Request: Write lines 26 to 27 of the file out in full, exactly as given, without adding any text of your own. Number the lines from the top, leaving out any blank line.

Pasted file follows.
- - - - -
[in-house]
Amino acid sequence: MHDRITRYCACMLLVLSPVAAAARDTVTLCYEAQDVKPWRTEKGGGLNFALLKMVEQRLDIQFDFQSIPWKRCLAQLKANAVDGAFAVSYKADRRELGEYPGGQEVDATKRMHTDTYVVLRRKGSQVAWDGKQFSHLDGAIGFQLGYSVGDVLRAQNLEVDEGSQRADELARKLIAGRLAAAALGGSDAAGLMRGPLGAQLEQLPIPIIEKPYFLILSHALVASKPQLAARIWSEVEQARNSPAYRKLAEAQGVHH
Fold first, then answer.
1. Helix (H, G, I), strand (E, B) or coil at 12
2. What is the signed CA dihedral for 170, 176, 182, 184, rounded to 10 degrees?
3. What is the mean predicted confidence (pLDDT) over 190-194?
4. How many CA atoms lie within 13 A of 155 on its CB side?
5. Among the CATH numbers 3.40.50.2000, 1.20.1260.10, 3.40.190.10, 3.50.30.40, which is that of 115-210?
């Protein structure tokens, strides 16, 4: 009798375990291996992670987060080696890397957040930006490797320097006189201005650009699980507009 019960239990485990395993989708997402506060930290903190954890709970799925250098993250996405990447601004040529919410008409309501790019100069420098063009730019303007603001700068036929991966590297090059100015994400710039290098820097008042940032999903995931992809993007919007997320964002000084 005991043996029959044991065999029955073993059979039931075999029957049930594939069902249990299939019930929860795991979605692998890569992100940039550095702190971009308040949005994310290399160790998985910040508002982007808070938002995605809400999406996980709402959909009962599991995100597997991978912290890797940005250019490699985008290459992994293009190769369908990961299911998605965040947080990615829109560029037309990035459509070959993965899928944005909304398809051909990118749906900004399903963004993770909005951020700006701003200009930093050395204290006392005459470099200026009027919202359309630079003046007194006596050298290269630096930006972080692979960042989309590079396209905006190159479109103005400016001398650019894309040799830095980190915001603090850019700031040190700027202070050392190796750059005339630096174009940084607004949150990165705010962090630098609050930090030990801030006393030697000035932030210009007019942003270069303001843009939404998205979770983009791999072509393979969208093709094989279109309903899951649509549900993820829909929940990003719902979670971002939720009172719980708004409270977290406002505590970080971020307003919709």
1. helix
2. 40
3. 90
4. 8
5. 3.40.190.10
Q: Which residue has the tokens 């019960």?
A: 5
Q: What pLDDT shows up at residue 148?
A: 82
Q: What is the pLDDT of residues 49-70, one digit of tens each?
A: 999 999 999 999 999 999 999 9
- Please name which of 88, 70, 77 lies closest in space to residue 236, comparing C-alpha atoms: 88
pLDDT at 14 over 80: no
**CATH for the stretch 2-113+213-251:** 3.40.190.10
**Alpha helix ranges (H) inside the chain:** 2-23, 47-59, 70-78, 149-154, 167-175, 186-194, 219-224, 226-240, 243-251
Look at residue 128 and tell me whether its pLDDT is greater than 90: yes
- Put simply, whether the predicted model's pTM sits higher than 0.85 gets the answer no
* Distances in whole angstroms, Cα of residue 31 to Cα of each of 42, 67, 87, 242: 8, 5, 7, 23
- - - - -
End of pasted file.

- Put simply, whether the predicted model's pTM sits higher than 0.85 gets the answer no
* Distances in whole angstroms, Cα of residue 31 to Cα of each of 42, 67, 87, 242: 8, 5, 7, 23